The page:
4622. CONTINUATION CONCERNING CORRESPONDENCE WITH THE GRAND MAN, HERE CONCERNING THE CORRESPONDENCE OF ODOR AND OF THE NOSTRILS THEREWITH.
The dwellings of the blessed in the other life are of many kinds, and are constructed with such art as to be as it were embodiments of the very art of architecture, or to come straight from the art itself. (On this subject see what has already been related from experience, n. 1116, 1626-1630.) These dwellings appear not only to the sight, but also to the touch, for all things there are adapted to the sensations of spirits and angels, and hence are such as do not come to bodily sense like that of man, but to that possessed by those who are there. I know that this is incredible to many, but this is because nothing is believed which cannot be seen by the bodily eyes and felt with the hands of flesh. For this reason the man of this day, whose interiors are closed, knows nothing of the things which exist in the spiritual world or in heaven. He does indeed say from the Word and from doctrine that there is a heaven, and that the angels who are there are in joy and in glory, but he knows no more about the matter. How the case is there he would indeed like to know, but when told he still believes nothing, because at heart he denies the existence of such things, and his desire to know about them is prompted solely by his curiosity from doctrine, and not by any delight grounded in faith. They who are not in faith also deny at heart; but they who believe get ideas from various sources about heaven and its joy and glory, each person from such things as are of his own knowledge and intelligence, and the simple from the things of bodily sensation.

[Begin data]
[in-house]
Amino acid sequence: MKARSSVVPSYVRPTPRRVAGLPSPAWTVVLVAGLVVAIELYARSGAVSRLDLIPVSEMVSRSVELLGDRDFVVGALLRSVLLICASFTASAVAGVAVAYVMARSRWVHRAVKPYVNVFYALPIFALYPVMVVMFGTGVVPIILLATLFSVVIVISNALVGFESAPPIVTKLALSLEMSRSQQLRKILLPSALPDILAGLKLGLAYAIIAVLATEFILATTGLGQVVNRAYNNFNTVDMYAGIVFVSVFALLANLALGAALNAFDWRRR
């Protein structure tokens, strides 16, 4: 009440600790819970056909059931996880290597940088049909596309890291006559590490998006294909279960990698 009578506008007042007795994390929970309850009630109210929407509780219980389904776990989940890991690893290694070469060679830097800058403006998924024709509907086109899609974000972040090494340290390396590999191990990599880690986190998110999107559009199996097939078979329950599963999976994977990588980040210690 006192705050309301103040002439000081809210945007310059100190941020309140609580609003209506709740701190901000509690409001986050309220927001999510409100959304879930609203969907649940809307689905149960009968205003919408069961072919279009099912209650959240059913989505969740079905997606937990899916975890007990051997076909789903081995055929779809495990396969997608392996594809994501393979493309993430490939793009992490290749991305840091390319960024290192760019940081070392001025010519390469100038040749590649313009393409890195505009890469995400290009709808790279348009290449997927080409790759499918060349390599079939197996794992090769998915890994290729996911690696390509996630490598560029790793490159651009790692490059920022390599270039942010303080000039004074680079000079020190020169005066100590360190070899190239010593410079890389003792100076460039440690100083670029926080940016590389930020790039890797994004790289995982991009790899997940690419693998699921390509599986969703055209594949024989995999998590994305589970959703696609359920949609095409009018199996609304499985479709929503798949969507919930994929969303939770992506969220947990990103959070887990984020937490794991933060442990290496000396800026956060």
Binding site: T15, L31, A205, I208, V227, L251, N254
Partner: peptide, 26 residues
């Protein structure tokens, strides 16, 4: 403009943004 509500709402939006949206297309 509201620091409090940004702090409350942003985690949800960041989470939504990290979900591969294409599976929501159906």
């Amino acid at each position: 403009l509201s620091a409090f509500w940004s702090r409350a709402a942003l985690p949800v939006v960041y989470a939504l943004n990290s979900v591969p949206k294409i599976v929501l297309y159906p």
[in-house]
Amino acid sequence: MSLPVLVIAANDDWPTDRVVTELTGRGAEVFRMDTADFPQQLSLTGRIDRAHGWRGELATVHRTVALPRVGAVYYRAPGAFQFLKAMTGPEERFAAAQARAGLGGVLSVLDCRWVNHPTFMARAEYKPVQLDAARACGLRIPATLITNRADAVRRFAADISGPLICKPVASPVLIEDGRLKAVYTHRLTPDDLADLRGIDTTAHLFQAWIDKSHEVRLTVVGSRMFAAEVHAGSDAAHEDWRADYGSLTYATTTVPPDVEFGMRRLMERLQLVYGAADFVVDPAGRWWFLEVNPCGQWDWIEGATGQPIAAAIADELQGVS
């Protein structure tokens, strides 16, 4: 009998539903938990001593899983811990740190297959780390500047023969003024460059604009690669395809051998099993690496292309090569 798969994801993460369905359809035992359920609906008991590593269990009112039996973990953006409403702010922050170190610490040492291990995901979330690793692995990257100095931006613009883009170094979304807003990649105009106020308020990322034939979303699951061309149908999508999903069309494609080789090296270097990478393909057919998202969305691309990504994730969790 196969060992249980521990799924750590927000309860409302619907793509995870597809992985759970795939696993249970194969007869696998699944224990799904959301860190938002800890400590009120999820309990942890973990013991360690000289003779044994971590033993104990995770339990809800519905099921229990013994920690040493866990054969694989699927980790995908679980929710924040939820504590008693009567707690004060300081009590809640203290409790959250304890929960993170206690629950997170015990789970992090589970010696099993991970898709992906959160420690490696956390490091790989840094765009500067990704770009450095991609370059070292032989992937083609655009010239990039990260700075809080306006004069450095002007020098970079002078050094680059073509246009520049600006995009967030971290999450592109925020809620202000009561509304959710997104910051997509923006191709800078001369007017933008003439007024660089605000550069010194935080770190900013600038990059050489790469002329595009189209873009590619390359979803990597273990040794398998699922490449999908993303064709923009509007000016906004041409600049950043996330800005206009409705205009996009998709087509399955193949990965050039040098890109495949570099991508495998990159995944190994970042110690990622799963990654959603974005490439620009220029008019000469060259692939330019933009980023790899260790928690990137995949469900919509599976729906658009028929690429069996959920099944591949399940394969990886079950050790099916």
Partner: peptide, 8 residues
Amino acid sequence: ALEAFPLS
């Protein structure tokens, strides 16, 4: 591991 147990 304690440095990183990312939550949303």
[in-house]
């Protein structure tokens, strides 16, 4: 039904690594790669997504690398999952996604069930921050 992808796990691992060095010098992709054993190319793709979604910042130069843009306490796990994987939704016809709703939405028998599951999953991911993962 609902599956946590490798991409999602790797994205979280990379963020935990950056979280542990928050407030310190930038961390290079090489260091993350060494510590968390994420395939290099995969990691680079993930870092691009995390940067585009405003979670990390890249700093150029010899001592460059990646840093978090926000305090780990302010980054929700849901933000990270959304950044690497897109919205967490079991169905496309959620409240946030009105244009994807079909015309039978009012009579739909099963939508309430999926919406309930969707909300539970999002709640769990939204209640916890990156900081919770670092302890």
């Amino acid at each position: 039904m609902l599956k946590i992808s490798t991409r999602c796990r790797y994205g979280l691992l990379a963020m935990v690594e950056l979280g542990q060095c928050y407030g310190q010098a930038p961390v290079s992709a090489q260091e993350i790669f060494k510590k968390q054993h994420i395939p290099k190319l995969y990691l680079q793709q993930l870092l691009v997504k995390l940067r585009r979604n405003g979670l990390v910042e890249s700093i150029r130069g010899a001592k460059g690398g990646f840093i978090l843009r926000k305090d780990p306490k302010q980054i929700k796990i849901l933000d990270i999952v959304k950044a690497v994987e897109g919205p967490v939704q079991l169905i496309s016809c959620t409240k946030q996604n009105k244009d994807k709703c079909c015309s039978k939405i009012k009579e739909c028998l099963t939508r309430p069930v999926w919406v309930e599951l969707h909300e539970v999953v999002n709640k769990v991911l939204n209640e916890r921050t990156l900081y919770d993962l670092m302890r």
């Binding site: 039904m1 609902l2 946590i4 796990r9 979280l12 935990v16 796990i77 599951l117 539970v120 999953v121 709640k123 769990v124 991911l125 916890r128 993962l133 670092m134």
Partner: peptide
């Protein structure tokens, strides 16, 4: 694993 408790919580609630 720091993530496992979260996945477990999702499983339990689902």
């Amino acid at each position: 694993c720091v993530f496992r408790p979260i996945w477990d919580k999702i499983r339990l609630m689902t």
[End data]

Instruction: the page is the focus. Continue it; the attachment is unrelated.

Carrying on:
Nevertheless most people do not apprehend that spirits and angels enjoy sensations much more exquisite than those of men in this world, namely, sight, hearing, smell, something analogous to taste, and touch; and especially the delights of the affections. If men would only believe that their interior essence is the spirit, and that the body and its sensations and members are adapted to uses in this world merely, and that the spirit and its sensations and organs are adapted to uses in the other life, then from themselves and almost of their own accord they would come into ideas about the state of their spirit after death; for they would reflect that the spirit must be the man himself who thinks, and who desires, longs for things, and is affected with them; and further that all the power of sensation which appears in the body belongs properly to the spirit, and to the body merely by influx; and they would afterwards confirm themselves in this idea by many considerations, and in this way would at last take more delight in the things of their spirit than in those of their body.